at the peace vigil i attended tonight (it is held every monday evening) in madison, a fellow participant described the "teeming rain" of a few weeks before, when a kind sympathizer brought them a pizza.
his usage of "teeming" was, i think, an inadvertent innovation. cities and streets teem. rain pours, streams, drives, etc in conventional usage. but like language used by non-native speakers, this "mistake" was nonetheless vivid and colorful, more so than the accepted combinations. when words jump the banks of their usual course, they can surprise and please.
yesterday i reflected on a word in korean. korean friends visited (long suffering phd pilgrim) and we enjoyed a beautiful day on the beach and in the yard, soaking in the sun and laughing at their adorable little boy grabbing other people's frisbee and other kids' toys on the beach. once i was pushing their stroller. when sujong, the woman, came over to take over the duty, she maneuvered to take the handles. as she did so, she said "cha. . ." perhaps as we might say, "OK," or "alright."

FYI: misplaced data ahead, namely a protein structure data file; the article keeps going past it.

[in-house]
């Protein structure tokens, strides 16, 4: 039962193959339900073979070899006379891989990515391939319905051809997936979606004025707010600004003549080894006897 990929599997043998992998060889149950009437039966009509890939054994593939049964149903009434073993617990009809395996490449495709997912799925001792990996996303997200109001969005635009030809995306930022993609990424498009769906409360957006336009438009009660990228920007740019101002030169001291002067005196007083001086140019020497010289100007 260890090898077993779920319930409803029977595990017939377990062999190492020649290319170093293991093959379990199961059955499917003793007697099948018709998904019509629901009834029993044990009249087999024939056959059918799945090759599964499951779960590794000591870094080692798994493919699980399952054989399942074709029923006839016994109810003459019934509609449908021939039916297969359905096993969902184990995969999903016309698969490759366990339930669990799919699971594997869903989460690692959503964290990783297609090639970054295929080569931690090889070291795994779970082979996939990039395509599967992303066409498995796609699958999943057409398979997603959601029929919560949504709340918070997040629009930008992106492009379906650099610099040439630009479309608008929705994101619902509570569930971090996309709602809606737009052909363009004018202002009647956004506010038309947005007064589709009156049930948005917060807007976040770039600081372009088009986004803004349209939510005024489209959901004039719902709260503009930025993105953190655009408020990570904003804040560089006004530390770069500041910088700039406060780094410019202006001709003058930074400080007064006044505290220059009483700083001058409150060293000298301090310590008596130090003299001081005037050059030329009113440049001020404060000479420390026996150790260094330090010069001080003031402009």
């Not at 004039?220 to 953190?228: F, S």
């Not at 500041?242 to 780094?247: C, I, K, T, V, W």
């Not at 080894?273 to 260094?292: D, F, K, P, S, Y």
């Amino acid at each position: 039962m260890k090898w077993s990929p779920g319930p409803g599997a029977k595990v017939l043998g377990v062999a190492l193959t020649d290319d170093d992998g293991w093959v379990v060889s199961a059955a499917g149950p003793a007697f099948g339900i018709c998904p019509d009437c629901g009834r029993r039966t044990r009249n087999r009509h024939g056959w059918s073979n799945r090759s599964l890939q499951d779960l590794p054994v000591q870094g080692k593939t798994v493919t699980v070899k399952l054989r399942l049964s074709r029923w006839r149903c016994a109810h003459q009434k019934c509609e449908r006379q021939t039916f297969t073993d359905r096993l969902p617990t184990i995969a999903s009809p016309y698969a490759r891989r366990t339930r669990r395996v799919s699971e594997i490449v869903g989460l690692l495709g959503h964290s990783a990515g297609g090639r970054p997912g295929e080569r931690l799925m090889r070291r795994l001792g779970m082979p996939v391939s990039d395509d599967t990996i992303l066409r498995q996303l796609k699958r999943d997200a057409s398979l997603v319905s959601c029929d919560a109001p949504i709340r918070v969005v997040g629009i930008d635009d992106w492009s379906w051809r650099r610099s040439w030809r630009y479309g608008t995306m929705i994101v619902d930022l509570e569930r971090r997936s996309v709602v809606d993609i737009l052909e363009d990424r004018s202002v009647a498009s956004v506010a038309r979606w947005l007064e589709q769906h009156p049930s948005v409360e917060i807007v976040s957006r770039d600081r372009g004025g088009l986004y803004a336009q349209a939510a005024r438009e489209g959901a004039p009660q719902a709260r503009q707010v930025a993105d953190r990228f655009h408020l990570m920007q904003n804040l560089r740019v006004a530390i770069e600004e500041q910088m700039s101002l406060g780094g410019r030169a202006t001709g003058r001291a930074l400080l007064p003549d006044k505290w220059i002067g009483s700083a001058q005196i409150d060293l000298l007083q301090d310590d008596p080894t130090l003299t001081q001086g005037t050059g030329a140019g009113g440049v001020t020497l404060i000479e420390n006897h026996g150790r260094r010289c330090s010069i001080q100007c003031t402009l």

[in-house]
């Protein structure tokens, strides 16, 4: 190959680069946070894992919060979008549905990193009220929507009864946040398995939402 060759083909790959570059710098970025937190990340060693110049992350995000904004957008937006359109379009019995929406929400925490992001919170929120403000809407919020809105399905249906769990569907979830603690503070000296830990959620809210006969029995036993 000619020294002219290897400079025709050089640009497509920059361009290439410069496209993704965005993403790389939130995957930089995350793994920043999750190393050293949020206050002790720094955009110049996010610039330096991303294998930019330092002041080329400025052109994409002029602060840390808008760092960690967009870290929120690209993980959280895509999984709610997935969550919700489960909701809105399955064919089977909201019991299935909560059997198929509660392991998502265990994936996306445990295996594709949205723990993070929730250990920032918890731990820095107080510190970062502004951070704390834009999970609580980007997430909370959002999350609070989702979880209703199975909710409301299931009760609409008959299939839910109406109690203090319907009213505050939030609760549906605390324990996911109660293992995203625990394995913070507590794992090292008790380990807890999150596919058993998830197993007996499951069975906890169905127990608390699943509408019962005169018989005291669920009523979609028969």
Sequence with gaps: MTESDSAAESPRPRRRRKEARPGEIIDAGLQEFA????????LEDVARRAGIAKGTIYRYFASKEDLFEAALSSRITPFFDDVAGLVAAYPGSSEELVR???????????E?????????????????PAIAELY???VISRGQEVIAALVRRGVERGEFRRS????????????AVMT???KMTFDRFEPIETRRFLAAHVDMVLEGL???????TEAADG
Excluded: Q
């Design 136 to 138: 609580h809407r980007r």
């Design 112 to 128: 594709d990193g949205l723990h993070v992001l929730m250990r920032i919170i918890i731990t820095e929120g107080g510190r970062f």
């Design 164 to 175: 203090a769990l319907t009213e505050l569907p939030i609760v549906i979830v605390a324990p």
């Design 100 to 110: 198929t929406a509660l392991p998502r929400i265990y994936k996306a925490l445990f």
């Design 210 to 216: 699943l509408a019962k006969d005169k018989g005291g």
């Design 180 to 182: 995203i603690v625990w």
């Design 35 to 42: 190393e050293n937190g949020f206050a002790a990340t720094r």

i realized middle class and wealthy korean women use this word/sound a lot. i am not even sure it is a word to be found in a dictionary. i don't think there is a meaning so much as a function. when she gave the little boy something, she might say "cha," as we might say "there." it is a curious linguistic particle, one indicating a proper femininity.